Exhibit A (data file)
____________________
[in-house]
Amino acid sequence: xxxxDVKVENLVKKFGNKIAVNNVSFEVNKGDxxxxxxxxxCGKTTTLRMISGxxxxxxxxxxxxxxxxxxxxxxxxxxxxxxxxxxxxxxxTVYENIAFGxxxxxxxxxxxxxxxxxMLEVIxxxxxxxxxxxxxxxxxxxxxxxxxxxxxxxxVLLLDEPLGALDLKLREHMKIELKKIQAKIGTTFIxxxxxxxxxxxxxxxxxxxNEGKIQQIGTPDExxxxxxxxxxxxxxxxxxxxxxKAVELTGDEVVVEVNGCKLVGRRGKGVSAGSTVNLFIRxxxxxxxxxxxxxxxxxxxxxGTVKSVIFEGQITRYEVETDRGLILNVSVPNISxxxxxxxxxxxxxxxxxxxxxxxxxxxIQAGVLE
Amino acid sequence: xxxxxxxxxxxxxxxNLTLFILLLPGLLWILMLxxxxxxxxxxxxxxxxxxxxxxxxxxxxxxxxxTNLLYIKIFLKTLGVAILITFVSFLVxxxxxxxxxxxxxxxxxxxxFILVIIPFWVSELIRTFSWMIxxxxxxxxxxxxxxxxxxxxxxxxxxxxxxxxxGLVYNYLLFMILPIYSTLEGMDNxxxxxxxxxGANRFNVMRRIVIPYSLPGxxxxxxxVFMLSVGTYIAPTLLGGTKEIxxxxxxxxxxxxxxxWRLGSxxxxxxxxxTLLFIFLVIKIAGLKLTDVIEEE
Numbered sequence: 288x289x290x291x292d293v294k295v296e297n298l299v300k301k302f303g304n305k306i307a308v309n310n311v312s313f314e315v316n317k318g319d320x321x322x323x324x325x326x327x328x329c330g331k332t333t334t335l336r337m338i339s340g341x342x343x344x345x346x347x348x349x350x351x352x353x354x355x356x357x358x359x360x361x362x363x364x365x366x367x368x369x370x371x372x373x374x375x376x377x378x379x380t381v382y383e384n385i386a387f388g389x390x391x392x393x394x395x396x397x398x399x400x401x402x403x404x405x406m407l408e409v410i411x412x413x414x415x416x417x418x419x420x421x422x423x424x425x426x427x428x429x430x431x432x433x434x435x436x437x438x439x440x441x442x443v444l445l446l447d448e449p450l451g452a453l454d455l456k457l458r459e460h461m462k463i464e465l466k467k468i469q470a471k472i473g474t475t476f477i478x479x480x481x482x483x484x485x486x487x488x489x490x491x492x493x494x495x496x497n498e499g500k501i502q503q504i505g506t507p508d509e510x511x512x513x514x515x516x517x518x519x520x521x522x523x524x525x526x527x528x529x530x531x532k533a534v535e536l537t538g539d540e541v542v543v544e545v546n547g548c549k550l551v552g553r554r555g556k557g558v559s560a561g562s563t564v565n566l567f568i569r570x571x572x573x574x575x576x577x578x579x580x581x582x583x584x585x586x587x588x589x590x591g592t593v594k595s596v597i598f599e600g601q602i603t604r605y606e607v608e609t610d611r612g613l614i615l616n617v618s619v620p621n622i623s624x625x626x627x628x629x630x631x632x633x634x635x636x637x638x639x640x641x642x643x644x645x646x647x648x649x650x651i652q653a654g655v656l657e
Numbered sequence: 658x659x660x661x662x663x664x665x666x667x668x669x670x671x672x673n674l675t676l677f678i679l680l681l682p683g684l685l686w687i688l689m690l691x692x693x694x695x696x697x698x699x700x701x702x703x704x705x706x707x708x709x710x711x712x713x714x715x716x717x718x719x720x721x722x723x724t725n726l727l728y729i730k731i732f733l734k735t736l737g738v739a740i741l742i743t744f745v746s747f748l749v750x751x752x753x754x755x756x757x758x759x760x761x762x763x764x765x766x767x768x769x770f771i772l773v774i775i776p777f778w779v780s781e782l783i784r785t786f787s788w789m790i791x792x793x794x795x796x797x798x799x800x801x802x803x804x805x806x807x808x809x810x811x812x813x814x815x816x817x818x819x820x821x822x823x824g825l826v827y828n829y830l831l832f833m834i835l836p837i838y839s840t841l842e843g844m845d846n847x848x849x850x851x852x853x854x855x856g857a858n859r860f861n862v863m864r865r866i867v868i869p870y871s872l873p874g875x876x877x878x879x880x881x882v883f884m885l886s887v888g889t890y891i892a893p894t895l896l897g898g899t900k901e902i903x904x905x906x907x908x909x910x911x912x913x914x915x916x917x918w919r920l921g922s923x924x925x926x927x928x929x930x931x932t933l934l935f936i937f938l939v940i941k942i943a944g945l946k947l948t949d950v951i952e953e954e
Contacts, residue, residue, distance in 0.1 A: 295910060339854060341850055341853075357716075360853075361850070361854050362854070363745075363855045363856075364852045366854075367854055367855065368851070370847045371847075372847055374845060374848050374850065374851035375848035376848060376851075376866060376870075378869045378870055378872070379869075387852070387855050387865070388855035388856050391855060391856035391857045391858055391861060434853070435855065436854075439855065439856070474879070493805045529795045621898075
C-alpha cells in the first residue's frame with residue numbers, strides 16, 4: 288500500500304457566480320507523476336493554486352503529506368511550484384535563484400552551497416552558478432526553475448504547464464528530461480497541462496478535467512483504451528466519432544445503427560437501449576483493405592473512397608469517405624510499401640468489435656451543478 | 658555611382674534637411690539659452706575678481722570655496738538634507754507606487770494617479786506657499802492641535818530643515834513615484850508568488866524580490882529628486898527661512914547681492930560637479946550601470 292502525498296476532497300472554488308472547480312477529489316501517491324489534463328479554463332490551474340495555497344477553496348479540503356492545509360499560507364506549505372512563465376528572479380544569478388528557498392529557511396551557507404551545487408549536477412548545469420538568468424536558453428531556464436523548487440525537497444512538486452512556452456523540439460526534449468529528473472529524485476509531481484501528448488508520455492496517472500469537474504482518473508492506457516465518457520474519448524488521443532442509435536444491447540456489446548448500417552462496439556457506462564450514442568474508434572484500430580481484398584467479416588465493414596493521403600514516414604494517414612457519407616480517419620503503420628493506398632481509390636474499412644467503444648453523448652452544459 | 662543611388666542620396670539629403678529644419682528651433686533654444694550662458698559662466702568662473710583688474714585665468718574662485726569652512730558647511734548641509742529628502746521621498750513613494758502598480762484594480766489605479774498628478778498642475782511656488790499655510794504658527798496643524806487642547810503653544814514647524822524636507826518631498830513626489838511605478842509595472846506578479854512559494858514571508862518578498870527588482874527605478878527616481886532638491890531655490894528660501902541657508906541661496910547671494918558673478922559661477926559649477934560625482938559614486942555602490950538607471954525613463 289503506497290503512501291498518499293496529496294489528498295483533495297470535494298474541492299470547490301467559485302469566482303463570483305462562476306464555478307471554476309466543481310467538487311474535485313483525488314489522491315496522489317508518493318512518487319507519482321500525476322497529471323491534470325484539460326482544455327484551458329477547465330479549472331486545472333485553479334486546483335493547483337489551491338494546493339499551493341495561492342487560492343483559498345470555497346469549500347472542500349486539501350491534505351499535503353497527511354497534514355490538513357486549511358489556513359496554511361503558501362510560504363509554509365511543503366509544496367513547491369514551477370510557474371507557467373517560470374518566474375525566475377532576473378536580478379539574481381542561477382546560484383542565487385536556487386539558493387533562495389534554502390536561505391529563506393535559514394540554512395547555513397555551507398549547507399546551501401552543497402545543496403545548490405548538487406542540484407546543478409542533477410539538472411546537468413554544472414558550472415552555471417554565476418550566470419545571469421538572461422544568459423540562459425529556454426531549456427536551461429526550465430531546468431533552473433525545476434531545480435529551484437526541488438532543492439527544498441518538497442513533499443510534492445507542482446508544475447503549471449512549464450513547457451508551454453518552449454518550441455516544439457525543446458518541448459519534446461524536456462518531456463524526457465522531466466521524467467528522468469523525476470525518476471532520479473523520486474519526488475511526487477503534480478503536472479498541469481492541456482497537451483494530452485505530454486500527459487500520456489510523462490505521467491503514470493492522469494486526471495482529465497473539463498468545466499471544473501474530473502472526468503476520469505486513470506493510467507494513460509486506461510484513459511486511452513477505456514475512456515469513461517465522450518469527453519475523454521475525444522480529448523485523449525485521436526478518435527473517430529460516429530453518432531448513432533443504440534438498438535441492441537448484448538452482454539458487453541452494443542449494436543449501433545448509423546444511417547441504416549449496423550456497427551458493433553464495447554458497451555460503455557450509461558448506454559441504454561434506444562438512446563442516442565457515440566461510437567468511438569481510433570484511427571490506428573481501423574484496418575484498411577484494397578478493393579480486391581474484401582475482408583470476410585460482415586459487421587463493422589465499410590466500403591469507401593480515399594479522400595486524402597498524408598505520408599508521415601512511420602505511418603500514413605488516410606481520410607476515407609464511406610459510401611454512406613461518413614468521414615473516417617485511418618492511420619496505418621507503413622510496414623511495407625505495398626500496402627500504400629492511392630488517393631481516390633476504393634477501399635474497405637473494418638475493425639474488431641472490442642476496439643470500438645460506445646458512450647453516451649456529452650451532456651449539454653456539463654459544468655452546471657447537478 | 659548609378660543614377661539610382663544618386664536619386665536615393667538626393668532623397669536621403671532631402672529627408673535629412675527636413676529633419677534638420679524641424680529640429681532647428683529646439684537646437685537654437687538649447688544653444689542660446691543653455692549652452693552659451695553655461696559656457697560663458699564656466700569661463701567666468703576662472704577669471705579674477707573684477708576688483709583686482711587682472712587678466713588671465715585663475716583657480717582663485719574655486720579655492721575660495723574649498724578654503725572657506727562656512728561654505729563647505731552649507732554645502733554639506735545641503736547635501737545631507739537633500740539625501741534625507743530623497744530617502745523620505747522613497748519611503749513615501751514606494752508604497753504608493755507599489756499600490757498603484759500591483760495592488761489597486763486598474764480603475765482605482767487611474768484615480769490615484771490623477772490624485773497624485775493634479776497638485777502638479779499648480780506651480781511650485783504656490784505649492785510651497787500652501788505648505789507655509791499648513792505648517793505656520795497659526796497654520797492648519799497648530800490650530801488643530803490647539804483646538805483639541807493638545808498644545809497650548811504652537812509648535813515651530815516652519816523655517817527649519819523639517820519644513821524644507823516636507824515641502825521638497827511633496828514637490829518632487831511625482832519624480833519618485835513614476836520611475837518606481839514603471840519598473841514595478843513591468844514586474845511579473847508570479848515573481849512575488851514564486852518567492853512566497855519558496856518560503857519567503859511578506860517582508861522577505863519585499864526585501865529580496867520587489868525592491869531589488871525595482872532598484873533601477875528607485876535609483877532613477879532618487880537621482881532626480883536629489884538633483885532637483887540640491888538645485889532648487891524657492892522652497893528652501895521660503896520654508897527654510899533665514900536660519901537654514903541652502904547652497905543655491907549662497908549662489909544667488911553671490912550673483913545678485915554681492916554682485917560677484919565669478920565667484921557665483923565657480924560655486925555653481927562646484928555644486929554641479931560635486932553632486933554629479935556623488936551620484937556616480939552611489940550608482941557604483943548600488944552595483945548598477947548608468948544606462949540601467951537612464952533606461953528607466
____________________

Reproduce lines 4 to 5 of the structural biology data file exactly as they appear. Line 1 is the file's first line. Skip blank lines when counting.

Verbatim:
Numbered sequence: 288x289x290x291x292d293v294k295v296e297n298l299v300k301k302f303g304n305k306i307a308v309n310n311v312s313f314e315v316n317k318g319d320x321x322x323x324x325x326x327x328x329c330g331k332t333t334t335l336r337m338i339s340g341x342x343x344x345x346x347x348x349x350x351x352x353x354x355x356x357x358x359x360x361x362x363x364x365x366x367x368x369x370x371x372x373x374x375x376x377x378x379x380t381v382y383e384n385i386a387f388g389x390x391x392x393x394x395x396x397x398x399x400x401x402x403x404x405x406m407l408e409v410i411x412x413x414x415x416x417x418x419x420x421x422x423x424x425x426x427x428x429x430x431x432x433x434x435x436x437x438x439x440x441x442x443v444l445l446l447d448e449p450l451g452a453l454d455l456k457l458r459e460h461m462k463i464e465l466k467k468i469q470a471k472i473g474t475t476f477i478x479x480x481x482x483x484x485x486x487x488x489x490x491x492x493x494x495x496x497n498e499g500k501i502q503q504i505g506t507p508d509e510x511x512x513x514x515x516x517x518x519x520x521x522x523x524x525x526x527x528x529x530x531x532k533a534v535e536l537t538g539d540e541v542v543v544e545v546n547g548c549k550l551v552g553r554r555g556k557g558v559s560a561g562s563t564v565n566l567f568i569r570x571x572x573x574x575x576x577x578x579x580x581x582x583x584x585x586x587x588x589x590x591g592t593v594k595s596v597i598f599e600g601q602i603t604r605y606e607v608e609t610d611r612g613l614i615l616n617v618s619v620p621n622i623s624x625x626x627x628x629x630x631x632x633x634x635x636x637x638x639x640x641x642x643x644x645x646x647x648x649x650x651i652q653a654g655v656l657e
Numbered sequence: 658x659x660x661x662x663x664x665x666x667x668x669x670x671x672x673n674l675t676l677f678i679l680l681l682p683g684l685l686w687i688l689m690l691x692x693x694x695x696x697x698x699x700x701x702x703x704x705x706x707x708x709x710x711x712x713x714x715x716x717x718x719x720x721x722x723x724t725n726l727l728y729i730k731i732f733l734k735t736l737g738v739a740i741l742i743t744f745v746s747f748l749v750x751x752x753x754x755x756x757x758x759x760x761x762x763x764x765x766x767x768x769x770f771i772l773v774i775i776p777f778w779v780s781e782l783i784r785t786f787s788w789m790i791x792x793x794x795x796x797x798x799x800x801x802x803x804x805x806x807x808x809x810x811x812x813x814x815x816x817x818x819x820x821x822x823x824g825l826v827y828n829y830l831l832f833m834i835l836p837i838y839s840t841l842e843g844m845d846n847x848x849x850x851x852x853x854x855x856g857a858n859r860f861n862v863m864r865r866i867v868i869p870y871s872l873p874g875x876x877x878x879x880x881x882v883f884m885l886s887v888g889t890y891i892a893p894t895l896l897g898g899t900k901e902i903x904x905x906x907x908x909x910x911x912x913x914x915x916x917x918w919r920l921g922s923x924x925x926x927x928x929x930x931x932t933l934l935f936i937f938l939v940i941k942i943a944g945l946k947l948t949d950v951i952e953e954e